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Garibaldi And Lincoln
Would the great fighter come over for the Union? Italian freedom and lead troops Lincoln hoped so
October 1975 | Volume 26, Issue 6
Sanford explained that he was only empowered to offer the two-star generalship as set forth by Secretary Seward, and he could not go beyond it. He reported that Garibaldi was “flattered by the evidence of appreciation and grateful for the friendly sentiments manifested by the President and yourself” but refused to take service except as commander in chief. Sanford then said that he had made the suggestion of a visit to the United States to see conditions for himself and the character of the struggle, offering to underwrite such a trip for the general and his aides. But to this Garibaldi responded by saying that he would not dare to make such a visit because, as “an adopted citizen” of the United States, once on American soil “he could not be able to resist the temptation to throw himself in the foremost ranks, even as a private soldier.”
At his legation in Turin, Marsh consoled Sanfbrd and said that he had carried out his assignment with prudence and skill, even though Garibaldi’s services had not been obtained. To Secretary Seward he wrote that Sanford could not offer terms beyond his authorization and anyway the American government would not be inclined to give Garibaldi total command of all armed forces. And he added an abolitionist point—which may also have been shown to President Lincoln—about Garibaldi’s stand:
The ubiquitous Quiggle, hearing of the failure of the Sanford mission, now tried to fix blame and protect his original idea. “I did not accompany Mr. Sanford on his mission to Caprera,” he wrote to Secretary Seward, implying that he should have. “I am sure that if secrecy had been maintained, as it should have been, Garibaldi would now be on his way to the United States.” Secrecy was difficult if not impossible when even Mrs. Quiggle was writing polite billets-doux to Garibaldi, and aides to all the concerned parties were lending advice and looking out for their own interests.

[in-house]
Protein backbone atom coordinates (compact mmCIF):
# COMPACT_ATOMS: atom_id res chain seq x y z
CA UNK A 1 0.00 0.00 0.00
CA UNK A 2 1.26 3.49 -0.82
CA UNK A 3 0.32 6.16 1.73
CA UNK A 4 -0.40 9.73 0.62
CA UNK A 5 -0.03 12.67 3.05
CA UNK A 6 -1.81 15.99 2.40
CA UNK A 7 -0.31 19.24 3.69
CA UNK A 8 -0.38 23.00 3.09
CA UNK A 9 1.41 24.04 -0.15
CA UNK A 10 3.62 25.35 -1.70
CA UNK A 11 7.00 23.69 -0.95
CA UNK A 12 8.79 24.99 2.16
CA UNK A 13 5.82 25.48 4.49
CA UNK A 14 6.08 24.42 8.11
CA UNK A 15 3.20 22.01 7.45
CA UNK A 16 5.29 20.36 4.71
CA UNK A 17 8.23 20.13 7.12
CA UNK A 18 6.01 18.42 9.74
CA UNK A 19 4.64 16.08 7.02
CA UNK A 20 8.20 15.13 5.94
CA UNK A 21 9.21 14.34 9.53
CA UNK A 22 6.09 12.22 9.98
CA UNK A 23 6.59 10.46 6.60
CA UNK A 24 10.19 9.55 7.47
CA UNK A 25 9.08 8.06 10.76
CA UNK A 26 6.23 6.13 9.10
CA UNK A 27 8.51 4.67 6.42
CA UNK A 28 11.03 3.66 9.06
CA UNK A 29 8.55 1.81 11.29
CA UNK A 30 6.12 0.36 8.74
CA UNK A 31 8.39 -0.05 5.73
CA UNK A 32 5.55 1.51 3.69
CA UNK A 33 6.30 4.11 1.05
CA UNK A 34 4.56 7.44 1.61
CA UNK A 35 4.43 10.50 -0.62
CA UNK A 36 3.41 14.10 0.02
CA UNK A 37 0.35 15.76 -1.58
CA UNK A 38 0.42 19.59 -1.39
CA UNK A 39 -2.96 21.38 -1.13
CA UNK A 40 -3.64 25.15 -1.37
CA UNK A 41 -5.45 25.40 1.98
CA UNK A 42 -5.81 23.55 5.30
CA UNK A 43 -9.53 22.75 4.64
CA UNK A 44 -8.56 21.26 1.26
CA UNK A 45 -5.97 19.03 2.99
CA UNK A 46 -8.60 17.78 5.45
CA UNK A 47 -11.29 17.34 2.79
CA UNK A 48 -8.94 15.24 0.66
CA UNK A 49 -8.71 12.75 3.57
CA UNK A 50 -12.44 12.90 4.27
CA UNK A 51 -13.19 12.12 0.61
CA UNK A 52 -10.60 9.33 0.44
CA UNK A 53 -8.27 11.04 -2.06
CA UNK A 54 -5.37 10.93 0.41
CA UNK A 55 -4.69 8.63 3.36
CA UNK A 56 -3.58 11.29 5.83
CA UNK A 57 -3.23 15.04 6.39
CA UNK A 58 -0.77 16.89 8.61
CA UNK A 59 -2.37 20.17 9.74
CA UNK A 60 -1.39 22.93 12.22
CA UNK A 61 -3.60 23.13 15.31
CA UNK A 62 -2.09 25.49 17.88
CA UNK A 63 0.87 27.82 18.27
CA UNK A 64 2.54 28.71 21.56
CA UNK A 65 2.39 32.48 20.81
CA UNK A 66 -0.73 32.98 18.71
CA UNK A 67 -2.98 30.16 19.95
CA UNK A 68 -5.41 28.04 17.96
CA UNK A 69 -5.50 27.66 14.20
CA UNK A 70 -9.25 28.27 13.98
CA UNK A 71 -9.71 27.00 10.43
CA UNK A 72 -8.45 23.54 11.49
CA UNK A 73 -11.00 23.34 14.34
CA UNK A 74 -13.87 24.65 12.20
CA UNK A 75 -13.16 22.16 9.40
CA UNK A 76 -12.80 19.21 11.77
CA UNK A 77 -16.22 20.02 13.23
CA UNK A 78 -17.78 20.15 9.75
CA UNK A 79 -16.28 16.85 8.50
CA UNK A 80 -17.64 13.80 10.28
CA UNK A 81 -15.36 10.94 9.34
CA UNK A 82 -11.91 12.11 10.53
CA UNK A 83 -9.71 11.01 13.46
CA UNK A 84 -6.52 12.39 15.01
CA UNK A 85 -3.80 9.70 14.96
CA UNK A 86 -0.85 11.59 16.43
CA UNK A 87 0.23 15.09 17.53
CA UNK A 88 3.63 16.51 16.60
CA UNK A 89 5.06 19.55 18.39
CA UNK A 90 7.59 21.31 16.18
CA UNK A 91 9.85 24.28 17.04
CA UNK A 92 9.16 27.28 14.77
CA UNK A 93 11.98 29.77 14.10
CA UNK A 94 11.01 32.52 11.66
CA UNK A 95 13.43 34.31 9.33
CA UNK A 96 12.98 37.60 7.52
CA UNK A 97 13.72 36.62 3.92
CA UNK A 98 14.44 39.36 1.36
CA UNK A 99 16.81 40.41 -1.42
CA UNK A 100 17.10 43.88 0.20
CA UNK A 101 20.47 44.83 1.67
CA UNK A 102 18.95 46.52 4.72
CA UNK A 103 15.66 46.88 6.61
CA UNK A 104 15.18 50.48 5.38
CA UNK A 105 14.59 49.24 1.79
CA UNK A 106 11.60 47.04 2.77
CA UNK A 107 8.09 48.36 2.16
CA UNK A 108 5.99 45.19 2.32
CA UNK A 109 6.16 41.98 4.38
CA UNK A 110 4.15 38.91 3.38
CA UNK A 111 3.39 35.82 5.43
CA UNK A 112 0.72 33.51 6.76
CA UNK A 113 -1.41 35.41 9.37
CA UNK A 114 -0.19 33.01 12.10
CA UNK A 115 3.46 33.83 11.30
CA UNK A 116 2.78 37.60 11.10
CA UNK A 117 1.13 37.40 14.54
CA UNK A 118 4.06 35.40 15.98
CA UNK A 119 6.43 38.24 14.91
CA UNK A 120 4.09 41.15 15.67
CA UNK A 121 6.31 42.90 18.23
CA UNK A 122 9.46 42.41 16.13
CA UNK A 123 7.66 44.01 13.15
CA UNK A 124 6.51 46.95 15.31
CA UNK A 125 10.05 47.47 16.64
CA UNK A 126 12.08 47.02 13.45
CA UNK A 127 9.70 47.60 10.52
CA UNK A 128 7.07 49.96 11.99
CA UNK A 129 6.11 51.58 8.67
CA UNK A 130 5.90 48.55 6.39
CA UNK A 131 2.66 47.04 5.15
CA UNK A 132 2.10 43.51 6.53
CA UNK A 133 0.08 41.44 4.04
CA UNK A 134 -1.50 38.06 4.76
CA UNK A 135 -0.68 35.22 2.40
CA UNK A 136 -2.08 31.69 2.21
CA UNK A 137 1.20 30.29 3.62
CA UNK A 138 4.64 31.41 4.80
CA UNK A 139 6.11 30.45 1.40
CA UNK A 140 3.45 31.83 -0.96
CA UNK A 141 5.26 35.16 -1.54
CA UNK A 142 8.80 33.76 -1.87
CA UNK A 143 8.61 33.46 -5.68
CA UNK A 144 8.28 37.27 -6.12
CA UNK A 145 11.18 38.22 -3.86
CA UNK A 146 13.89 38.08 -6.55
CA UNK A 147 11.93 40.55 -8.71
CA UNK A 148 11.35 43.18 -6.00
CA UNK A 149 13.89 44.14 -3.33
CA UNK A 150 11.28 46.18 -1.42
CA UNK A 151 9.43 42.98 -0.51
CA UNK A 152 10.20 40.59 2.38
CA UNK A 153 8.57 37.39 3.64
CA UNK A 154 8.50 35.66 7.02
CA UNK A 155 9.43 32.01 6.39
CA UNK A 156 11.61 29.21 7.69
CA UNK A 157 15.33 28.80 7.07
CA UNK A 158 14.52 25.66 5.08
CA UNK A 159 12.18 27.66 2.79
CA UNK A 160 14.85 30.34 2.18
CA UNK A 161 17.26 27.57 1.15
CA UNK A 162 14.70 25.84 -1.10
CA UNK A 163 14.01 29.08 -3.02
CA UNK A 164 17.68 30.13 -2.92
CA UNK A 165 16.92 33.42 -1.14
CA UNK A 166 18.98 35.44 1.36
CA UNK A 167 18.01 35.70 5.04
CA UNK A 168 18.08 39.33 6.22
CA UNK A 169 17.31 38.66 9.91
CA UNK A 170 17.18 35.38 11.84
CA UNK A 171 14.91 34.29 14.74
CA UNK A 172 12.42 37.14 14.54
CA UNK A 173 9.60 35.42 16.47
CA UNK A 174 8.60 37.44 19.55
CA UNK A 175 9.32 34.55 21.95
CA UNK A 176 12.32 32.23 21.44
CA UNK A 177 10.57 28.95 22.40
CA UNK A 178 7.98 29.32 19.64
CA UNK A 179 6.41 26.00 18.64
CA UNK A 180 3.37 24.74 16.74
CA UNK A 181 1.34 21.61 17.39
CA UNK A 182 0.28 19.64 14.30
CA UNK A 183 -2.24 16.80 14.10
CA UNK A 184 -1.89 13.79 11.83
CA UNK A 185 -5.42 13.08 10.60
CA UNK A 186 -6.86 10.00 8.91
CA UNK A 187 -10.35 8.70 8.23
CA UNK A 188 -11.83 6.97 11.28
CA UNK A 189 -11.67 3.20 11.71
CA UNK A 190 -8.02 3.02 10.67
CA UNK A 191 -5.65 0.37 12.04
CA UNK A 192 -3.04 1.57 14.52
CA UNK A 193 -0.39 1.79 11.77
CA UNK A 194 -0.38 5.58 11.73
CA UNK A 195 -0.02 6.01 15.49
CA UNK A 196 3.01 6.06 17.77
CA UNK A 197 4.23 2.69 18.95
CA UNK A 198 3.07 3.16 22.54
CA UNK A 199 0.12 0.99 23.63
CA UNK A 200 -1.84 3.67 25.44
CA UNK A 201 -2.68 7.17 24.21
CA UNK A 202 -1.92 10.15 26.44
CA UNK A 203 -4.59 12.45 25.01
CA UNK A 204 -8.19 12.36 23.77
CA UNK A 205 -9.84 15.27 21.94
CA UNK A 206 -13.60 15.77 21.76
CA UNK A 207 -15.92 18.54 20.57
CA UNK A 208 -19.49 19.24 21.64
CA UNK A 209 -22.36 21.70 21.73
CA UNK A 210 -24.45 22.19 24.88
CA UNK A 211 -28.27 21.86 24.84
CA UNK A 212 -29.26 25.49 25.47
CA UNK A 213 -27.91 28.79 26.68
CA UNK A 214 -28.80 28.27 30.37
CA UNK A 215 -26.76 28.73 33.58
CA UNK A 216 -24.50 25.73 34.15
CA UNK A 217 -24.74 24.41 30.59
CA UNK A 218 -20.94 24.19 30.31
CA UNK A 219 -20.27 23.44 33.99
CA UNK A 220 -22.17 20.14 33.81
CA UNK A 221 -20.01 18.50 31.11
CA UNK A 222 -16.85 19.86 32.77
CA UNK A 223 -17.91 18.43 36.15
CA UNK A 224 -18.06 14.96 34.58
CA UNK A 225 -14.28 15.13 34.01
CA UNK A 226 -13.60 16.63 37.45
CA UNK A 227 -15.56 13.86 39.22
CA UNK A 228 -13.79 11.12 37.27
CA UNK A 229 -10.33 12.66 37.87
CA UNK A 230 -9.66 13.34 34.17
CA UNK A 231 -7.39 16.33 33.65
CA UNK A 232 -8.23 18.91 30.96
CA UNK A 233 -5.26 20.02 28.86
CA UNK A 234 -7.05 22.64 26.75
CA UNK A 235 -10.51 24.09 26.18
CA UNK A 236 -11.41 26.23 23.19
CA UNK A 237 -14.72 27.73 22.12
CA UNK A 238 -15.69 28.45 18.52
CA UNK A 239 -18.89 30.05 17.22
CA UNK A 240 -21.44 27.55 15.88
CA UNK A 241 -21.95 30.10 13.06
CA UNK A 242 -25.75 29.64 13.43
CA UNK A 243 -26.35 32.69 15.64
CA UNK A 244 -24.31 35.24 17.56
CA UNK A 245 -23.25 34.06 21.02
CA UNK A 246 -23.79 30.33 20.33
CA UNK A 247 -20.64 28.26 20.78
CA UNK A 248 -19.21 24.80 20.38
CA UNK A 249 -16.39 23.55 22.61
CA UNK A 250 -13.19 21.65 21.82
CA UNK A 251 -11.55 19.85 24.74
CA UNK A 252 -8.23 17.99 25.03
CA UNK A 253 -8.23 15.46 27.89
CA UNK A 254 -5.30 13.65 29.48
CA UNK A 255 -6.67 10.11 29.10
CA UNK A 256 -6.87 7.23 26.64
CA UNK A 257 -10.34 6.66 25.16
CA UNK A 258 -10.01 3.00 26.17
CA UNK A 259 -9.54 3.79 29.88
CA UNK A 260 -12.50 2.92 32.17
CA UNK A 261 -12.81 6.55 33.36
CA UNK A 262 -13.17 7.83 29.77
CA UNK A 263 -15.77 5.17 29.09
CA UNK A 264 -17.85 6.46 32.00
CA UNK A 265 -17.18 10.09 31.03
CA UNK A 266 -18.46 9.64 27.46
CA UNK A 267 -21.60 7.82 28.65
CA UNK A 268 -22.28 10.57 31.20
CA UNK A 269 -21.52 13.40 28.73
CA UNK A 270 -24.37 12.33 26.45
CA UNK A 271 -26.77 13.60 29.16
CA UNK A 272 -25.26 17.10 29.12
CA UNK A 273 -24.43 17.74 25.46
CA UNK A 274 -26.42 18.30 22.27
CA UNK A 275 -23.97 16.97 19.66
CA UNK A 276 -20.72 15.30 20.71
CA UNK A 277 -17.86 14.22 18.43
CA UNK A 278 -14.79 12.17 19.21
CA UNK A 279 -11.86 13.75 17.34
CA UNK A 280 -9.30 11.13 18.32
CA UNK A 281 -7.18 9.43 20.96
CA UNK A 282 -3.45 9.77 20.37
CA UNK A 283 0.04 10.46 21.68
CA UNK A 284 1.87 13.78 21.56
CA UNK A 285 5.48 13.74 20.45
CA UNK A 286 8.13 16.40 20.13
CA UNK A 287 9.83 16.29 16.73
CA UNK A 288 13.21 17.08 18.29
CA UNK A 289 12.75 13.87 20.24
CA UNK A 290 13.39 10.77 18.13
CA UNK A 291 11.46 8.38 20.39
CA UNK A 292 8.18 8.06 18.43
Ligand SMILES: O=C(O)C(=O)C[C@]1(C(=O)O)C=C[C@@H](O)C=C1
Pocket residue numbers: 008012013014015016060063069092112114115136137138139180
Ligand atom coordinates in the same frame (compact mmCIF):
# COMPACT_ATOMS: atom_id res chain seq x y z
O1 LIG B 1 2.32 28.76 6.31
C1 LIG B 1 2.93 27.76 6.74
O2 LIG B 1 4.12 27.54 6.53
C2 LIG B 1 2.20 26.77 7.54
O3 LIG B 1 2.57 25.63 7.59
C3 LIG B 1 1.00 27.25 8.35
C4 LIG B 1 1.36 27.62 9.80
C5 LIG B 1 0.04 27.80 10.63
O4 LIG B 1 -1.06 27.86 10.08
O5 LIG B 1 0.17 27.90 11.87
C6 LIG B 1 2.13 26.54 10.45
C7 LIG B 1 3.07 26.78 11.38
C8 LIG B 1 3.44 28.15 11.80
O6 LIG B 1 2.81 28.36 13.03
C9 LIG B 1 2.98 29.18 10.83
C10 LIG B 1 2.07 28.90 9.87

Garibaldi’s talkative comrades on Gaprera shared their knowledge of the offer with the press in Italy and France, and soon the London and New York newspapers reported the rumors with fair accuracy. The general’s followers felt that news of the American offer would push the Turin government into military action toward battles of unification—led by Garibaldi.
With the story largely out in the open, commentators reacted freely both in Europe and in America. In Italy scores of petitions were published in newspapers urging Garibaldi not to leave. If Garibaldi and his staff went to America, wondered L’Armonia of Turin, “what would become of Italy?” L’Unita Italiana of Milan addressed an open letter to Garibaldi: